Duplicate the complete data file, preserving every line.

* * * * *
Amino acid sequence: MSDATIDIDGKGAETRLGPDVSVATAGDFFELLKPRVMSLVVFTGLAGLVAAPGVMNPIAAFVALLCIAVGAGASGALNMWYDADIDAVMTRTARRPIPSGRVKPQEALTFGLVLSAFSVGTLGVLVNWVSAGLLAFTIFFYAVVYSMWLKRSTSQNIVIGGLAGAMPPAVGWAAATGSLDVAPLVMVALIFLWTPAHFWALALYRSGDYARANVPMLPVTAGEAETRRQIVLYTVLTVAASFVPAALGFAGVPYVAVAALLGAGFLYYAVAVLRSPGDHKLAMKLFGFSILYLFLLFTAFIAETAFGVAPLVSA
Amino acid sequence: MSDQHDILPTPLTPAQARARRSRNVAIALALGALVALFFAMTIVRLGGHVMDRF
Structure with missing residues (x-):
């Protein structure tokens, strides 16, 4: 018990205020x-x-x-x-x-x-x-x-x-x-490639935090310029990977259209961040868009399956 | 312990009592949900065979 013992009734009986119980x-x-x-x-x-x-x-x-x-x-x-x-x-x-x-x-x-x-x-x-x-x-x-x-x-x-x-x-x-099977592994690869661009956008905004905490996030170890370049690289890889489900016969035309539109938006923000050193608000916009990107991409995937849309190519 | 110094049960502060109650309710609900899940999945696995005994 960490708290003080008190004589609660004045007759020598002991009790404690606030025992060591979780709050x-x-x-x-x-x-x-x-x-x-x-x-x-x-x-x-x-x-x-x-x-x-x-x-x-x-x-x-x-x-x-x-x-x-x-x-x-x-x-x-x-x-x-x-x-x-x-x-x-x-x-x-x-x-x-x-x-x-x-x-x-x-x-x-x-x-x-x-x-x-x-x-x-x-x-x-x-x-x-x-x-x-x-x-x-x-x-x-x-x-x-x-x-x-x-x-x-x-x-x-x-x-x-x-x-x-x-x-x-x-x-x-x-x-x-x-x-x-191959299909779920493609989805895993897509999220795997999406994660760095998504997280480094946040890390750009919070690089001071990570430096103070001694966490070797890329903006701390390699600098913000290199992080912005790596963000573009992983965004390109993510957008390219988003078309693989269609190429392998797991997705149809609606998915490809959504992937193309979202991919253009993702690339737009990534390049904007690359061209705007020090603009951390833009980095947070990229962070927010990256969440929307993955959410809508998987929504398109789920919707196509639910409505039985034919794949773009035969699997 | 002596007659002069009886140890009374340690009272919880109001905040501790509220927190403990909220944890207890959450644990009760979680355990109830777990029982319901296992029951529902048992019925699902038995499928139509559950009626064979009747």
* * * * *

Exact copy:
Amino acid sequence: MSDATIDIDGKGAETRLGPDVSVATAGDFFELLKPRVMSLVVFTGLAGLVAAPGVMNPIAAFVALLCIAVGAGASGALNMWYDADIDAVMTRTARRPIPSGRVKPQEALTFGLVLSAFSVGTLGVLVNWVSAGLLAFTIFFYAVVYSMWLKRSTSQNIVIGGLAGAMPPAVGWAAATGSLDVAPLVMVALIFLWTPAHFWALALYRSGDYARANVPMLPVTAGEAETRRQIVLYTVLTVAASFVPAALGFAGVPYVAVAALLGAGFLYYAVAVLRSPGDHKLAMKLFGFSILYLFLLFTAFIAETAFGVAPLVSA
Amino acid sequence: MSDQHDILPTPLTPAQARARRSRNVAIALALGALVALFFAMTIVRLGGHVMDRF
Structure with missing residues (x-):
């Protein structure tokens, strides 16, 4: 018990205020x-x-x-x-x-x-x-x-x-x-490639935090310029990977259209961040868009399956 | 312990009592949900065979 013992009734009986119980x-x-x-x-x-x-x-x-x-x-x-x-x-x-x-x-x-x-x-x-x-x-x-x-x-x-x-x-x-099977592994690869661009956008905004905490996030170890370049690289890889489900016969035309539109938006923000050193608000916009990107991409995937849309190519 | 110094049960502060109650309710609900899940999945696995005994 960490708290003080008190004589609660004045007759020598002991009790404690606030025992060591979780709050x-x-x-x-x-x-x-x-x-x-x-x-x-x-x-x-x-x-x-x-x-x-x-x-x-x-x-x-x-x-x-x-x-x-x-x-x-x-x-x-x-x-x-x-x-x-x-x-x-x-x-x-x-x-x-x-x-x-x-x-x-x-x-x-x-x-x-x-x-x-x-x-x-x-x-x-x-x-x-x-x-x-x-x-x-x-x-x-x-x-x-x-x-x-x-x-x-x-x-x-x-x-x-x-x-x-x-x-x-x-x-x-x-x-x-x-x-x-191959299909779920493609989805895993897509999220795997999406994660760095998504997280480094946040890390750009919070690089001071990570430096103070001694966490070797890329903006701390390699600098913000290199992080912005790596963000573009992983965004390109993510957008390219988003078309693989269609190429392998797991997705149809609606998915490809959504992937193309979202991919253009993702690339737009990534390049904007690359061209705007020090603009951390833009980095947070990229962070927010990256969440929307993955959410809508998987929504398109789920919707196509639910409505039985034919794949773009035969699997 | 002596007659002069009886140890009374340690009272919880109001905040501790509220927190403990909220944890207890959450644990009760979680355990109830777990029982319901296992029951529902048992019925699902038995499928139509559950009626064979009747």